Class of '42
October 1998

October 1998

Dear Classmates:

The headline in a recent St. Paul Pioneer Press was bright and shiny: "Gustavus welcomes students to rebuilt campus." And the headline on the inside page with a continuing story read: "College has new roofs, new trees, new playing fields." One hundred and fifty alumni were on hand to welcome back about 2,400 Gusties that included the largest freshman class ever, just over 700.

The campus had been shut down for the summer – no conferences, retreats, camps and that sort of thing – so that needed repairs and other work could continue.

The 1998-99 academic year opened with a record enrollment of 2,470 full-time students (compared with the previous record of 2,389 set in 1988), including a record 700 incoming students (compared to 648 of 1987). Contributing to the record enrollment is the stable 94 percent full-time student retention rate. Students returned to a campus that has been newly landscaped with 400 trees planted last spring and nurtured over the summer. They also discovered that 95% of all repairs made necessary by the tornado of March 29 are now completed. They returned to find Johnson Hall gone as it proved to be "beyond repair," but they also were greeted by a new College View Apartment addition, which houses 92 upper-class students, and the recently purchased Jefferson Avenue apartments (now known as Arbor View), which houses 60 upper-class students. In addition to new carpeting, painting, and furnishings, the campus is sporting 300 new state of the art computers for students and faculty, 28 new Steinway pianos (making us a member of a very elite circle of "All Steinway" campuses), 13 new high-tech multimedia systems for classrooms, new and upgraded outdoor and indoor athletic facilities, and new scientific equipment.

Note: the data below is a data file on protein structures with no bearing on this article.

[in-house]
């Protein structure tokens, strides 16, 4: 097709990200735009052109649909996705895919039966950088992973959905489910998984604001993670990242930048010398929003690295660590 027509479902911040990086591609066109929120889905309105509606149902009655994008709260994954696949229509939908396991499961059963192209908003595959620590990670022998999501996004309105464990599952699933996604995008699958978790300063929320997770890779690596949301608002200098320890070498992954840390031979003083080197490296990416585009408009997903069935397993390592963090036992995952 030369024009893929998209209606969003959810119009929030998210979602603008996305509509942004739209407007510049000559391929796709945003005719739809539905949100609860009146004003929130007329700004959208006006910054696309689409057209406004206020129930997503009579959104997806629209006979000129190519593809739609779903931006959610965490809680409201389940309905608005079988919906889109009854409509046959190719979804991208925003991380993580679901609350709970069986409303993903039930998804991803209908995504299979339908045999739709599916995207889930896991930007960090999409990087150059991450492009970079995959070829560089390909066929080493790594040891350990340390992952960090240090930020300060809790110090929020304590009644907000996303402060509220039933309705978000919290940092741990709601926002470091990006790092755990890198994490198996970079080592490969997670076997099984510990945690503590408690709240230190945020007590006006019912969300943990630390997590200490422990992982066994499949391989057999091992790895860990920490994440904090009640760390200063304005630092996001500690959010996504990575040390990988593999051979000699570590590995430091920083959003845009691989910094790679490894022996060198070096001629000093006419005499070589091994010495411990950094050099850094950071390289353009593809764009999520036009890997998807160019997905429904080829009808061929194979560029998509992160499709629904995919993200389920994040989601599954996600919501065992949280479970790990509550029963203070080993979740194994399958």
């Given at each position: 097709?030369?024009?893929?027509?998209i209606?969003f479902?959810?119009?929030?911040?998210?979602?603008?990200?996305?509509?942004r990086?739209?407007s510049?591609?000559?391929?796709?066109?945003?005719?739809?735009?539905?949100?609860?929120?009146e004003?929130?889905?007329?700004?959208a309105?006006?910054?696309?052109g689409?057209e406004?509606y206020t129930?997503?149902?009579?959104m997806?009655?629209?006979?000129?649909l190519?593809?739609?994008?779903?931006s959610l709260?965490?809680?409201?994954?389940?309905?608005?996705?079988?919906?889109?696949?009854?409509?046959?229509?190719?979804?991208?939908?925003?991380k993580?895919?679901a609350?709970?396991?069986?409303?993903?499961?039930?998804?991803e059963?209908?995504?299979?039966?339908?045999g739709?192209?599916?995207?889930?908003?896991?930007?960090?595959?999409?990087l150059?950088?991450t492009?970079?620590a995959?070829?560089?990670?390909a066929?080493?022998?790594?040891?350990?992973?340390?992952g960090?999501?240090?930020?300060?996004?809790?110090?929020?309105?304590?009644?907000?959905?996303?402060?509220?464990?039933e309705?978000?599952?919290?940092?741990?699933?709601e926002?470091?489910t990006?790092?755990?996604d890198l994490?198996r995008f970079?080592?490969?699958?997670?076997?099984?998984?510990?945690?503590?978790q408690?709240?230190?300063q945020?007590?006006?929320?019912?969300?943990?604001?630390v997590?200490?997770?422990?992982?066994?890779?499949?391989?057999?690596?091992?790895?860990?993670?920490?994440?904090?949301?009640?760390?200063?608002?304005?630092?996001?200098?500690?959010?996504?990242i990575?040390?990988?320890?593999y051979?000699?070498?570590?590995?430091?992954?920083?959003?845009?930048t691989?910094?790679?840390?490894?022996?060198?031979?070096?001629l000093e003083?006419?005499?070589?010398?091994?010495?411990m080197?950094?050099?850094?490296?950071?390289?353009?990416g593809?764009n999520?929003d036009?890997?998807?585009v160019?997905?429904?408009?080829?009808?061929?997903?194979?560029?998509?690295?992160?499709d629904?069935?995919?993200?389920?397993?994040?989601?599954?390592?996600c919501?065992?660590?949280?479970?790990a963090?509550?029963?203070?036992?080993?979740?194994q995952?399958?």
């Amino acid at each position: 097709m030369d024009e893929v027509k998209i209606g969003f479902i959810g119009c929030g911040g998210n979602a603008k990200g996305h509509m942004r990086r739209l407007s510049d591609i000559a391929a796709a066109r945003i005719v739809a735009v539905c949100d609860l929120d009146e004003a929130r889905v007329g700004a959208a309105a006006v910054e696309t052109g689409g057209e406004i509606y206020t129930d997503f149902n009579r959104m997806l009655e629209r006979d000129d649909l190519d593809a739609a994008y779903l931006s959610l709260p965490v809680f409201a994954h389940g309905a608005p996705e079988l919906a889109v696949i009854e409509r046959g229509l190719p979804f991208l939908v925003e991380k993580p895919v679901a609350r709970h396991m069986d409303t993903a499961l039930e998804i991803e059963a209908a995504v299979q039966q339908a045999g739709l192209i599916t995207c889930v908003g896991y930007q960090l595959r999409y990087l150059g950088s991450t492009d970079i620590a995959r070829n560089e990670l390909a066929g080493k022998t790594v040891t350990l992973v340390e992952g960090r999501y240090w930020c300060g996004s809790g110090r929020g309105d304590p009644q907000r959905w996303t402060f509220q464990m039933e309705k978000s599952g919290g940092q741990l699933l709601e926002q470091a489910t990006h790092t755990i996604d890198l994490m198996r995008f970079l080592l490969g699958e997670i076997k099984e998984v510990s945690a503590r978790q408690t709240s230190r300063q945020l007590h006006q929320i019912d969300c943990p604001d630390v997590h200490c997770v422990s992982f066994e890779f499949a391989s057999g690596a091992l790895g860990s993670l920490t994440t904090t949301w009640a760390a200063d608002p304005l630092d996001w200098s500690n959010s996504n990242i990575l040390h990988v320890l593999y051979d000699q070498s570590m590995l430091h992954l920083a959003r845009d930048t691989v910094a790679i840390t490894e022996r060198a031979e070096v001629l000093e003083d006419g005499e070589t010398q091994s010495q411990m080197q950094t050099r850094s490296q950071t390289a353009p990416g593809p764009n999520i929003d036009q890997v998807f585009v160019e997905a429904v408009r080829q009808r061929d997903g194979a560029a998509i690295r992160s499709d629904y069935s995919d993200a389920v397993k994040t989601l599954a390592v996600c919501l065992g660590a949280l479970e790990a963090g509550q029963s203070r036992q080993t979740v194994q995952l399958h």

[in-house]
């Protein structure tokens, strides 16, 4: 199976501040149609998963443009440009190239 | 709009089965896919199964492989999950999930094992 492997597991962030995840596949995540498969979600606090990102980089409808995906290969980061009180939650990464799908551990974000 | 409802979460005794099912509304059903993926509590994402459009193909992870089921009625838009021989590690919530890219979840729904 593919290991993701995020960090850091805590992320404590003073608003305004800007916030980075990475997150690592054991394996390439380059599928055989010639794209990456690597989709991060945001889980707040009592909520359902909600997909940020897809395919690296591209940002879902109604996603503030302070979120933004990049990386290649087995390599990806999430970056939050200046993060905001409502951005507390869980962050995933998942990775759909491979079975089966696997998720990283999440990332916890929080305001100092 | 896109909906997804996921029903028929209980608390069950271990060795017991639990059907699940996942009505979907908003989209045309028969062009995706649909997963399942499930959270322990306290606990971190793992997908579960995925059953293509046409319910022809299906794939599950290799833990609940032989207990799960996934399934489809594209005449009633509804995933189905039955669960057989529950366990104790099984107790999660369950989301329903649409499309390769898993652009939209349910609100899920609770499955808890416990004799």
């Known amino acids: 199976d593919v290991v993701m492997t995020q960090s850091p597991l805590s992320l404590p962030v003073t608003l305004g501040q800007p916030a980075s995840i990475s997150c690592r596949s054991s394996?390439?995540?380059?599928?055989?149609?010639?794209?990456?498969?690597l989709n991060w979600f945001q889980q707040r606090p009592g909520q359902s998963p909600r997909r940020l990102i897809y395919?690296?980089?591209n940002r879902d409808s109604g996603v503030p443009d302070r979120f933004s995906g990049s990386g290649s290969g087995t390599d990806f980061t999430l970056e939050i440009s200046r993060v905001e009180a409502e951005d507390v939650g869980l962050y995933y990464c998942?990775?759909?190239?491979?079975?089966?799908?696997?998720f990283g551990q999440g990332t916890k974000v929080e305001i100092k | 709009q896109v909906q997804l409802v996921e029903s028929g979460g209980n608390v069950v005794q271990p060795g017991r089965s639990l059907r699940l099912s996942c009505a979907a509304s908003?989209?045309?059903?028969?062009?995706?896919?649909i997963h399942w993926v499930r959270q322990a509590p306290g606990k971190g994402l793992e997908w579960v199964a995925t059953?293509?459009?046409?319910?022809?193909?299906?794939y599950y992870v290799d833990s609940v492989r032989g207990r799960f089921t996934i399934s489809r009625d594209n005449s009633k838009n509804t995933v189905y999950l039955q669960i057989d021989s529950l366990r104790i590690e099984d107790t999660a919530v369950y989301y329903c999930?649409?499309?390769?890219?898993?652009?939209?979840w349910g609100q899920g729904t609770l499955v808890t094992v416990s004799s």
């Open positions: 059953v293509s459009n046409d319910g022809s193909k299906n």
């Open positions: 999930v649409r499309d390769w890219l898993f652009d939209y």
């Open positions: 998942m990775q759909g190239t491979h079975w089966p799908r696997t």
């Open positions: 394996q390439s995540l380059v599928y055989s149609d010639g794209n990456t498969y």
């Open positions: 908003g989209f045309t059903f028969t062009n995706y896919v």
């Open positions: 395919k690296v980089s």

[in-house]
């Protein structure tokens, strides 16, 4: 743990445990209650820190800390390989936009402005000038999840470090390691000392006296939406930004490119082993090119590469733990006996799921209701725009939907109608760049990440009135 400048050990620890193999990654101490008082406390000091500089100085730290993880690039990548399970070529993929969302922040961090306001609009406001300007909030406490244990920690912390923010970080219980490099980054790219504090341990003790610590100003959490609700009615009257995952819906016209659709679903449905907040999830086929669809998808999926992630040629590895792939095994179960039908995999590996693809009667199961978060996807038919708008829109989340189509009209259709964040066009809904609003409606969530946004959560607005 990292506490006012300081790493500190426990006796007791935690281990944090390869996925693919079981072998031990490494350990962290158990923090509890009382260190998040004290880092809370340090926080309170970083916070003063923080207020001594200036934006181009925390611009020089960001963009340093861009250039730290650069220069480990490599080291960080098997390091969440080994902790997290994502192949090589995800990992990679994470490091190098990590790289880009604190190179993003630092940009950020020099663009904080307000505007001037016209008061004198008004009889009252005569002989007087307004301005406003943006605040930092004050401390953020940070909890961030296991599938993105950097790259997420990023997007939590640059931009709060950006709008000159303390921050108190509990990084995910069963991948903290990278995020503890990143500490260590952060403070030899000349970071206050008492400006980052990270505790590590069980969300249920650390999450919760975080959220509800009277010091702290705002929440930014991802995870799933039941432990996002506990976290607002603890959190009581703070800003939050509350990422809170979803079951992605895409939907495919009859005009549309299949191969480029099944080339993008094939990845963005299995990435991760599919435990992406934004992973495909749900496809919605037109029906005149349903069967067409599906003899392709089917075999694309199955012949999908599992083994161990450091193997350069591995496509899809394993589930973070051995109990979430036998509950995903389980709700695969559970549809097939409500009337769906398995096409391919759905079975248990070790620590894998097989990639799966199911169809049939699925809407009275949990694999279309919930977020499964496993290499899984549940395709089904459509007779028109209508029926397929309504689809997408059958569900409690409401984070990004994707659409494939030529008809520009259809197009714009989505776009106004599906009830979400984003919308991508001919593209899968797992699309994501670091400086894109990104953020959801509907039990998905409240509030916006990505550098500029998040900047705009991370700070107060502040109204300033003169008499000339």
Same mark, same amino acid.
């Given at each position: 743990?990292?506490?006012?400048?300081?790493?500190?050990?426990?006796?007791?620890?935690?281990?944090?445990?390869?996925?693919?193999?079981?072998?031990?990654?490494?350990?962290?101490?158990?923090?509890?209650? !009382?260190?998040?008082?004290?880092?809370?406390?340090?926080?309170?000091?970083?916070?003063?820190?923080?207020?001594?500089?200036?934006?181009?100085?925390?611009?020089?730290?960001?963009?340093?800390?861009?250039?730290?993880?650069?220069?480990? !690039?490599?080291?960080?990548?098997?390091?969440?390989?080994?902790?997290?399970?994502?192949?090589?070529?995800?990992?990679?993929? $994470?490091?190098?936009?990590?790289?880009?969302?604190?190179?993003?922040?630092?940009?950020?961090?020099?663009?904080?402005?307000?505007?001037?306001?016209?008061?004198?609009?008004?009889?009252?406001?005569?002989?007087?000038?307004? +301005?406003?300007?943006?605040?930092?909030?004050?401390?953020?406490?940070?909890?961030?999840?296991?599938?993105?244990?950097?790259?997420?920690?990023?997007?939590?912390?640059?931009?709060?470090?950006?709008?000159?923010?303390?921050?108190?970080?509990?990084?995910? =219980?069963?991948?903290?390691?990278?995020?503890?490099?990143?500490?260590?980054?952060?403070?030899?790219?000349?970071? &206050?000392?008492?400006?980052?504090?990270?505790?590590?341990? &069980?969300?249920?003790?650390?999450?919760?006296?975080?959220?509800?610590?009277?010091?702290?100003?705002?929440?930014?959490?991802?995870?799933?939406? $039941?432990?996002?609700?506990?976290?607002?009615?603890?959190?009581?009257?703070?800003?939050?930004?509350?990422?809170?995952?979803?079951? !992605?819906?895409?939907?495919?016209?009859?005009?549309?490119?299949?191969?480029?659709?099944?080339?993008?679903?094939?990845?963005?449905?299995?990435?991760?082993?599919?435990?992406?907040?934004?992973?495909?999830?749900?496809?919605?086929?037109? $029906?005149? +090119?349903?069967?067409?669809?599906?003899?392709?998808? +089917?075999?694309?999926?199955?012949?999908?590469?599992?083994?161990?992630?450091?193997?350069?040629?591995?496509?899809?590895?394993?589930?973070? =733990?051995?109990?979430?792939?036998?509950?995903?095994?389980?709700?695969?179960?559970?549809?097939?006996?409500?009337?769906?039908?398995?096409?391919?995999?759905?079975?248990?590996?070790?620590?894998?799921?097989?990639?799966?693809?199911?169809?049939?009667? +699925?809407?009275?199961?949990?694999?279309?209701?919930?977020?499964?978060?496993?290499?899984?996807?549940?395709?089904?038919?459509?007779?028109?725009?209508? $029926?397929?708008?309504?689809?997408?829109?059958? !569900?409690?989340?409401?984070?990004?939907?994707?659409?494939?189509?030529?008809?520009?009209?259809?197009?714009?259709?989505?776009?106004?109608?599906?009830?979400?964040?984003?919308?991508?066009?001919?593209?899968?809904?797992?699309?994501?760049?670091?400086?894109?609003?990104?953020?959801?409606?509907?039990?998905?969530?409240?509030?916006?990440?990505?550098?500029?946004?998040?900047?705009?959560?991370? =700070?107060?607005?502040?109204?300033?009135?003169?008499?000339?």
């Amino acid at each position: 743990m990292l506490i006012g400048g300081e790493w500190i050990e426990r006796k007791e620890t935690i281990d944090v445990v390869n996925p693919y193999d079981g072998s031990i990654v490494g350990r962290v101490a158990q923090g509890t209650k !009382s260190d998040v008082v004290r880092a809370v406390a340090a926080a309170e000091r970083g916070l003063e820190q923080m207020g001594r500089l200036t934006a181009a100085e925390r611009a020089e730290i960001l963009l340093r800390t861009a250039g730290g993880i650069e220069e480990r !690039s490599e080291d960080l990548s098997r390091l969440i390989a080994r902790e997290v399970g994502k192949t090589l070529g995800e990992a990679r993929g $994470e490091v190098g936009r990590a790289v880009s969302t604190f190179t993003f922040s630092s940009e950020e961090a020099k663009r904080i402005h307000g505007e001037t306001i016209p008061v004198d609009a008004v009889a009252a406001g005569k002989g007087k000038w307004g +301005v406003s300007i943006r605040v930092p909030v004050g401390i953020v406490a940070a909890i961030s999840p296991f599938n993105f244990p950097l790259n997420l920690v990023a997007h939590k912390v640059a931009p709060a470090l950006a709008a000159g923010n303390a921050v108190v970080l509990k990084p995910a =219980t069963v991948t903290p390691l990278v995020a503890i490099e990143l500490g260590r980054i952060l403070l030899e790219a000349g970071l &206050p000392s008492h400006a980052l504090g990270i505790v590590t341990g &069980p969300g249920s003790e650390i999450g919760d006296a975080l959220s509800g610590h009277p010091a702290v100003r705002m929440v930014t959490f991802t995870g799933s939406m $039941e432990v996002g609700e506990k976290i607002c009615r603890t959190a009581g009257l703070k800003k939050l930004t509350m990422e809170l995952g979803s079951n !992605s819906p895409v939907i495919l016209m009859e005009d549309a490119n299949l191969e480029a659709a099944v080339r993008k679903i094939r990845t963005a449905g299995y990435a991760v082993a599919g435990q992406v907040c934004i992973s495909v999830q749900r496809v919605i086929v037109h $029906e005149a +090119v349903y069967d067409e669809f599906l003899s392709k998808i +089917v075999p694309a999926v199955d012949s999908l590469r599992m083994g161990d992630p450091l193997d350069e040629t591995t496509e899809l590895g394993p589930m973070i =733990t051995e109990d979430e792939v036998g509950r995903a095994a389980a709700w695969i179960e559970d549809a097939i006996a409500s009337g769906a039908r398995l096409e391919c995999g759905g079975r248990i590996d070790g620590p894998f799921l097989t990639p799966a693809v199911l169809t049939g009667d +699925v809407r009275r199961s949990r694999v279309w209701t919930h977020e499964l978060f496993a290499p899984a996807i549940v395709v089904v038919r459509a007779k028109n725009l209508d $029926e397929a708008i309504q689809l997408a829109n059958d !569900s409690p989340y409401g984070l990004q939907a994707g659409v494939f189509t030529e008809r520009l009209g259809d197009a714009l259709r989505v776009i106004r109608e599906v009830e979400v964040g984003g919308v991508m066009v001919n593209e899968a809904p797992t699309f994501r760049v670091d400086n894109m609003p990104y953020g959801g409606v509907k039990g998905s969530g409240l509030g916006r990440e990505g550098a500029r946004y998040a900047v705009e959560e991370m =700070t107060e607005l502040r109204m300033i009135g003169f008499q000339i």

What remains to be done? The Prairie View Residence Hall, to be in place and opened in October, will house 60 students. It will be located west of Schaefer Fine Arts Center. Physically and symbolically the repair/restoration era will end with the placement of the spire and the cross back on the top of Christ Chapel. The spire will go up in sections over a two-day period and the cross is scheduled to be set on Thursday, October 22, weather permitting.

Students also noted the beginning stages of construction on the new Campus Center. This project, part of our strategic plan, was accelerated by the storm. The official groundbreaking ceremony will take place Monday, October 19. This $18.6 million, 51,000 square foot construction project will double the size of the Dining Service Building, providing students, faculty and staff with expanded and improved dining, meeting and office spaces. The Dining Room will, appropriately, be named for Evelyn Young ’33, longtime director of the Dining Service at Gustavus. In progress also is an addition to the Melva Lind Interpretive Center to house the Department of Environmental Studies.